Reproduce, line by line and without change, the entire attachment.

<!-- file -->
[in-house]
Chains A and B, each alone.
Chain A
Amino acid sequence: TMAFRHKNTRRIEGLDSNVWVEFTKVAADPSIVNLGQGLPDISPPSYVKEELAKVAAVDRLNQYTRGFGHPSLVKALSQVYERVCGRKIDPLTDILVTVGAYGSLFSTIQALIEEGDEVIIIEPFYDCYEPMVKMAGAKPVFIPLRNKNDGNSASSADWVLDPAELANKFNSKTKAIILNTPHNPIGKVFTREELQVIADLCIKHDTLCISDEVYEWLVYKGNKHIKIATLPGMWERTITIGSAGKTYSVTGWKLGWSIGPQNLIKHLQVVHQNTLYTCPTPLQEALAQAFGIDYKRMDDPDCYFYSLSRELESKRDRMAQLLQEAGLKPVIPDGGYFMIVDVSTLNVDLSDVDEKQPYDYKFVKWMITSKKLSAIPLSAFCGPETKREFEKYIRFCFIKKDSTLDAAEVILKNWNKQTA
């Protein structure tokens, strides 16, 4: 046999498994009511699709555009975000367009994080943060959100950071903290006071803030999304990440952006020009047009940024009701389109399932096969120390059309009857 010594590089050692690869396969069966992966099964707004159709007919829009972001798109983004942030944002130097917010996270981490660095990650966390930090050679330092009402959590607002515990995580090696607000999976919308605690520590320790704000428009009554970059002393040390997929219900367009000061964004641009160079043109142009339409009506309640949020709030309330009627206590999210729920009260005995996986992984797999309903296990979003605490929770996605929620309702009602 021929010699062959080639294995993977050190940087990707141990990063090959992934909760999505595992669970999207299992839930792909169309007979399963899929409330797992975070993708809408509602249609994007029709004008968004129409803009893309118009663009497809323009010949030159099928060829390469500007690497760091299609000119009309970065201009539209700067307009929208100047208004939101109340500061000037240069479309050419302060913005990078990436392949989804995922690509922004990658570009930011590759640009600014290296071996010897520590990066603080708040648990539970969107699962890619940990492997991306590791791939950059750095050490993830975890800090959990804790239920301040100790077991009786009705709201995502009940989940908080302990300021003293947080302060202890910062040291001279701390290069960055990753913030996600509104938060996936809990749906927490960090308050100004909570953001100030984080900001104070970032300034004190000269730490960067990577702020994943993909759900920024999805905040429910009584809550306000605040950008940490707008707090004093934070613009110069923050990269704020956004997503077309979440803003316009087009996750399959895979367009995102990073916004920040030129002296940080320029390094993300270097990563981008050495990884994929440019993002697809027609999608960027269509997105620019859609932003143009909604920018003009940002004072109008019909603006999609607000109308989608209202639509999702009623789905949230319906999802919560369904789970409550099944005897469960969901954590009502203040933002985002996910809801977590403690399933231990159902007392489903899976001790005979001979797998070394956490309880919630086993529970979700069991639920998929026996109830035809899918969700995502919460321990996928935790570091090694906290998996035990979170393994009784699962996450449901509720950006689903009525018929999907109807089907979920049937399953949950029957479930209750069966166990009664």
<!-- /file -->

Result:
[in-house]
Chains A and B, each alone.
Chain A
Amino acid sequence: TMAFRHKNTRRIEGLDSNVWVEFTKVAADPSIVNLGQGLPDISPPSYVKEELAKVAAVDRLNQYTRGFGHPSLVKALSQVYERVCGRKIDPLTDILVTVGAYGSLFSTIQALIEEGDEVIIIEPFYDCYEPMVKMAGAKPVFIPLRNKNDGNSASSADWVLDPAELANKFNSKTKAIILNTPHNPIGKVFTREELQVIADLCIKHDTLCISDEVYEWLVYKGNKHIKIATLPGMWERTITIGSAGKTYSVTGWKLGWSIGPQNLIKHLQVVHQNTLYTCPTPLQEALAQAFGIDYKRMDDPDCYFYSLSRELESKRDRMAQLLQEAGLKPVIPDGGYFMIVDVSTLNVDLSDVDEKQPYDYKFVKWMITSKKLSAIPLSAFCGPETKREFEKYIRFCFIKKDSTLDAAEVILKNWNKQTA
């Protein structure tokens, strides 16, 4: 046999498994009511699709555009975000367009994080943060959100950071903290006071803030999304990440952006020009047009940024009701389109399932096969120390059309009857 010594590089050692690869396969069966992966099964707004159709007919829009972001798109983004942030944002130097917010996270981490660095990650966390930090050679330092009402959590607002515990995580090696607000999976919308605690520590320790704000428009009554970059002393040390997929219900367009000061964004641009160079043109142009339409009506309640949020709030309330009627206590999210729920009260005995996986992984797999309903296990979003605490929770996605929620309702009602 021929010699062959080639294995993977050190940087990707141990990063090959992934909760999505595992669970999207299992839930792909169309007979399963899929409330797992975070993708809408509602249609994007029709004008968004129409803009893309118009663009497809323009010949030159099928060829390469500007690497760091299609000119009309970065201009539209700067307009929208100047208004939101109340500061000037240069479309050419302060913005990078990436392949989804995922690509922004990658570009930011590759640009600014290296071996010897520590990066603080708040648990539970969107699962890619940990492997991306590791791939950059750095050490993830975890800090959990804790239920301040100790077991009786009705709201995502009940989940908080302990300021003293947080302060202890910062040291001279701390290069960055990753913030996600509104938060996936809990749906927490960090308050100004909570953001100030984080900001104070970032300034004190000269730490960067990577702020994943993909759900920024999805905040429910009584809550306000605040950008940490707008707090004093934070613009110069923050990269704020956004997503077309979440803003316009087009996750399959895979367009995102990073916004920040030129002296940080320029390094993300270097990563981008050495990884994929440019993002697809027609999608960027269509997105620019859609932003143009909604920018003009940002004072109008019909603006999609607000109308989608209202639509999702009623789905949230319906999802919560369904789970409550099944005897469960969901954590009502203040933002985002996910809801977590403690399933231990159902007392489903899976001790005979001979797998070394956490309880919630086993529970979700069991639920998929026996109830035809899918969700995502919460321990996928935790570091090694906290998996035990979170393994009784699962996450449901509720950006689903009525018929999907109807089907979920049937399953949950029957479930209750069966166990009664």